Lenspath: editing deeply nested structures

Functional programming offers a variety of constructs like data structures and higher-order functions. Some of them are brought over to the imperitive languages. Streams (delayed lists), and higher-order functions like map, filter, collect are prime examples of such imports.
Once I found myself needing to unmarshal a deeply nested structure in golang – the structure involved arrays and maps, and had to be sent over the wire (serialized). Consider the following example:

{
  "elements": 1,
  "endBlock": 15084335,
  "replicaEvent": [
    {
      "data": {
        "Hash": "0x6cae5c317d2e9b2f83c831227d244cf898802da0f92225699ccc79a26d66b15e",
        "Header": {
          "baseFeePerGas": 48090598751,
          "difficulty": 11905180535994968,
          "extraData": "cG9vbGluLmNvbR+NhcRb3CgzTQ==",
          "gasLimit": 29970705,
          "gasUsed": 1141848,
  "logsBloom": [
   16, 33, 64, 0, 0, 0, 24, 0, 16, 8, 2, 0, 128, 17, 1, 0, 0, 96, 0, 0, 0, 1, 0, 0, 0, 4, 0, 0, 48, 0, 8, 0, 0, 0, 1, 0, 6, 0, 0, 1, 8, 0, 16, 0, 0, 0, 0, 4, 34, 0, 128, 0, 8, 32, 25, 16, 0, 0, 0, 64, 0, 50, 0, 0, 0, 4, 0, 0, 4, 0, 1, 32, 72, 2, 0, 40, 0, 0, 65, 96, 0, 128, 0, 0, 4, 0, 16, 0, 160, 0, 4, 1, 128, 0, 144, 2, 2, 0, 0, 0, 2, 0, 64, 0, 0, 0, 1, 0, 0, 32, 8, 66, 0, 5, 128, 64, 0, 48, 0, 0, 48, 0, 0, 48, 8, 0, 0, 64, 0, 16, 1, 2, 2, 160, 0, 0, 0, 16, 128, 16, 0, 16, 0, 0, 4, 0, 64, 1, 1, 0, 0, 8, 0, 40, 0, 64, 72, 0, 0, 0, 2, 1, 0, 0, 1, 2, 36, 2, 8, 192, 64, 0, 5, 0, 0, 0, 0, 36, 0, 0, 0, 2, 2, 1, 0, 0, 0, 4, 0, 0, 0, 0, 0, 1, 0, 2, 2, 4, 1, 8, 0, 0, 0, 8, 0, 32, 64, 64, 2, 0, 0, 0, 0, 0, 0, 16, 0, 0, 32, 0, 4, 0, 184, 1, 0, 56, 32, 8, 0, 0, 0, 0, 0, 0, 0, 0, 1, 4, 0, 1, 2, 0, 0, 0, 0, 96, 0, 64, 0, 64, 0, 0, 0, 4, 48, 2
  ],
  "difficulty": 11905180535994968,
  "number": 15084335,
  "gasLimit": 29970705,
  "gasUsed": 1141848,
  "timestamp": 1657048078,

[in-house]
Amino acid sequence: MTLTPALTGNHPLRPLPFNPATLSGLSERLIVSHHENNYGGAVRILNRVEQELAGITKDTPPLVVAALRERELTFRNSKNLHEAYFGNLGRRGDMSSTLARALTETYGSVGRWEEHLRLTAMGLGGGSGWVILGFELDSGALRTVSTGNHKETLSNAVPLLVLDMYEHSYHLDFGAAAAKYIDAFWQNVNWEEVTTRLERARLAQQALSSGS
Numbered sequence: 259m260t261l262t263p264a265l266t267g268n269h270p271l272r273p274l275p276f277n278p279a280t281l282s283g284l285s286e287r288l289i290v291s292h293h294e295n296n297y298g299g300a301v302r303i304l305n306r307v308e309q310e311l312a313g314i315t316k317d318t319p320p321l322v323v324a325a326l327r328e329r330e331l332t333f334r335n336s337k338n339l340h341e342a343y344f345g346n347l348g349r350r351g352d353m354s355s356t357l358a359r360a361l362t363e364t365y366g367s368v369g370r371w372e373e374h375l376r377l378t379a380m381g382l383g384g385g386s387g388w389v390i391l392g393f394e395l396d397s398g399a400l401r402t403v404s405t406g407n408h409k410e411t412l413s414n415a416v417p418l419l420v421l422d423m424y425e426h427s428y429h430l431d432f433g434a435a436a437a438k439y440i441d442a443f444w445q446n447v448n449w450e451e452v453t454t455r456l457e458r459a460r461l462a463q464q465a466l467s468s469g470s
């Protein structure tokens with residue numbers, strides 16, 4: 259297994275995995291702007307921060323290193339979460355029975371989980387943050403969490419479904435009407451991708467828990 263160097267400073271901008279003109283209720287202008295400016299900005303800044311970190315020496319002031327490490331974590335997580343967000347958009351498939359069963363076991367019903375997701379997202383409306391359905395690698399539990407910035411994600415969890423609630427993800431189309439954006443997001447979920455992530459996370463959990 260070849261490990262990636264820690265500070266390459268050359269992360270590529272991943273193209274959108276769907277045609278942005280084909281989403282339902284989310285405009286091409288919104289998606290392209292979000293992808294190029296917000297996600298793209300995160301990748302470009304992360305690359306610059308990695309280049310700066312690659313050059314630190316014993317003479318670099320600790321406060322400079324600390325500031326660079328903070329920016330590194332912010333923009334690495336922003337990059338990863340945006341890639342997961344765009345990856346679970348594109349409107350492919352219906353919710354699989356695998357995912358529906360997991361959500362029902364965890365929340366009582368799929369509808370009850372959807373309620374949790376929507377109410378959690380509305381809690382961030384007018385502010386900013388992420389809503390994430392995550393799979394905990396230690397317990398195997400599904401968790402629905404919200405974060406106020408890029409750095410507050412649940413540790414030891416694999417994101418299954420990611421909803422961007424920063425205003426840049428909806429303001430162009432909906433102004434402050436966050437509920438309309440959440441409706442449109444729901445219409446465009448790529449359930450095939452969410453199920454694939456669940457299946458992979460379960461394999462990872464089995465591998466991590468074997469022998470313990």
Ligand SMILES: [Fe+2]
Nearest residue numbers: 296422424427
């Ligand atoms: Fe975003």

"extraData": "cG9vbGluLmNvbR+NhcRb3CgzTQ==",
  "mixHash": "0x5ab6399ba49cdf5f34ba2396f59d1113468e4ba7b328765e74de5c9089292968",
  "nonce": [
   47,
   141,
   202,
   109,
   90,
   237,
   119,
   225
  ],
  "baseFeePerGas": 48090598751
 },
 "Transactions": [
  {
   "nonce": 14520,
   "gasPrice": 97608830985,
   "gas": 30000,
   "from": "0x0000000000000000000000000000000000000000",
   "to": "0x903c26a3d690bf010fd6441328983925852ffe4c",
   "value": 0,
   "input": ""
  },
  {
   "nonce": 178,
   "gasPrice": 60885866905,
   "gas": 727188,
   "from": "0x6b97445c501ec44bcda147d844bee0b13ec46545",
   "to": "0x3b2a8583d381845d278fb75345e39c64891b3611",
   "value": 0,
   "input": "rWrIGwAAAAAAAAAAAAAAAAAAAAAAAAAAAAAAAAAAAAAAAAAC"
  },
...

(The complete example is available here)

Before serialization, we needed to modify the structure at specific points (or paths). Initially, we used a brute-force approach of raw traversal with conditional checks, ultimately reaching the point-of-interest path leaf, and making the edit. This was blowing up into ugly code as we iterated on the structure.

// UnwrapAvroUnion "unwraps" the "to" field from the replica map
func UnwrapAvroUnion(data map[string]interface{}) map[string]interface{} {
	vs := data
	for k1 := range data {
		if k1 == "replicaEvent" {
			m1 := data[k1].([]interface{})
			vsr := m1
			for k2 := range m1 {
				m2 := m1[k2].(map[string]interface{})
				vso := m2
				for k3 := range m2 {
					if k3 == "data" {
						m3 := m2[k3].(map[string]interface{})
						vsd := m3
						for k4 := range m3 {
							switch k4 {
							case "Transactions":
								m4 := m3[k4].([]interface{})
								vst := m4
								for k5 := range m4 {
									m5 := m4[k5].(map[string]interface{})
									vsm := make(map[string]interface{})
									for k6, v6 := range m5 {
										switch {
										case (k6 == "to" || k6 == "from") && v6 != nil:
											m6 := v6.(map[string]interface{})
											if v7, ok := m6["string"]; ok {
												vsm[k6] = v7
											}
										case (k6 == "v" || k6 == "r" || k6 == "s") && v6 != nil:
											m6 := v6.(map[string]interface{})
											if v7, ok := m6["bytes"]; ok {
												vsm[k6] = v7
											}
										default:
											vsm[k6] = v6
										}
									}
									vst[k5] = vsm
								}
								vsd[k4] = vst

							case "Header":
								m4 := m3[k4].(map[string]interface{})
								vst := m4
								for k5, v5 := range m4 {
									if k5 == "withdrawalsRoot" && v5 != nil {
										m5 := v5.(map[string]interface{})
										if v6, ok := m5["string"]; ok {
											vst[k5] = v6
										}
									}
								}
								vsd[k4] = vst

							case "Withdrawals", "Uncles":
								m4 := m3[k4].(map[string]interface{})
								if m3[k4] == nil {
									vsd[k4] = nil